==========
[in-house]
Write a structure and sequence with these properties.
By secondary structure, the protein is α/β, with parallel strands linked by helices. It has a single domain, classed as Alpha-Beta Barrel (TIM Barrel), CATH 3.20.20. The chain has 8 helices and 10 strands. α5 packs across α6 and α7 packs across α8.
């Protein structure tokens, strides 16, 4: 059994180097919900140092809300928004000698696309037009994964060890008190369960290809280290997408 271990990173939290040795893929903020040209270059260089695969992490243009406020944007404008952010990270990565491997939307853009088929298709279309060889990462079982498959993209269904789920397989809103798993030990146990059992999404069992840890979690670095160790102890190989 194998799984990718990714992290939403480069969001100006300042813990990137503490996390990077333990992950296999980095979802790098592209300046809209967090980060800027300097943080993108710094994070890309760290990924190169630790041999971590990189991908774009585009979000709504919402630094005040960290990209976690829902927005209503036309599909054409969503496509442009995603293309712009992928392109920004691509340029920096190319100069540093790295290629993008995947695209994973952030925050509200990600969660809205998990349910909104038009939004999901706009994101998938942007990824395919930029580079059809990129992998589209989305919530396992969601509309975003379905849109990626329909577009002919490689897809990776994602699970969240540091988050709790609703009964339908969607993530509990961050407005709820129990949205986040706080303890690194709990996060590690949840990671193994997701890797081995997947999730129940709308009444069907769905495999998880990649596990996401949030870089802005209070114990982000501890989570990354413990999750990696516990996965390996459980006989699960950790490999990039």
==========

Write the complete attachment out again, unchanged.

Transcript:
[in-house]
Write a structure and sequence with these properties.
By secondary structure, the protein is α/β, with parallel strands linked by helices. It has a single domain, classed as Alpha-Beta Barrel (TIM Barrel), CATH 3.20.20. The chain has 8 helices and 10 strands. α5 packs across α6 and α7 packs across α8.
């Protein structure tokens, strides 16, 4: 059994180097919900140092809300928004000698696309037009994964060890008190369960290809280290997408 271990990173939290040795893929903020040209270059260089695969992490243009406020944007404008952010990270990565491997939307853009088929298709279309060889990462079982498959993209269904789920397989809103798993030990146990059992999404069992840890979690670095160790102890190989 194998799984990718990714992290939403480069969001100006300042813990990137503490996390990077333990992950296999980095979802790098592209300046809209967090980060800027300097943080993108710094994070890309760290990924190169630790041999971590990189991908774009585009979000709504919402630094005040960290990209976690829902927005209503036309599909054409969503496509442009995603293309712009992928392109920004691509340029920096190319100069540093790295290629993008995947695209994973952030925050509200990600969660809205998990349910909104038009939004999901706009994101998938942007990824395919930029580079059809990129992998589209989305919530396992969601509309975003379905849109990626329909577009002919490689897809990776994602699970969240540091988050709790609703009964339908969607993530509990961050407005709820129990949205986040706080303890690194709990996060590690949840990671193994997701890797081995997947999730129940709308009444069907769905495999998880990649596990996401949030870089802005209070114990982000501890989570990354413990999750990696516990996965390996459980006989699960950790490999990039």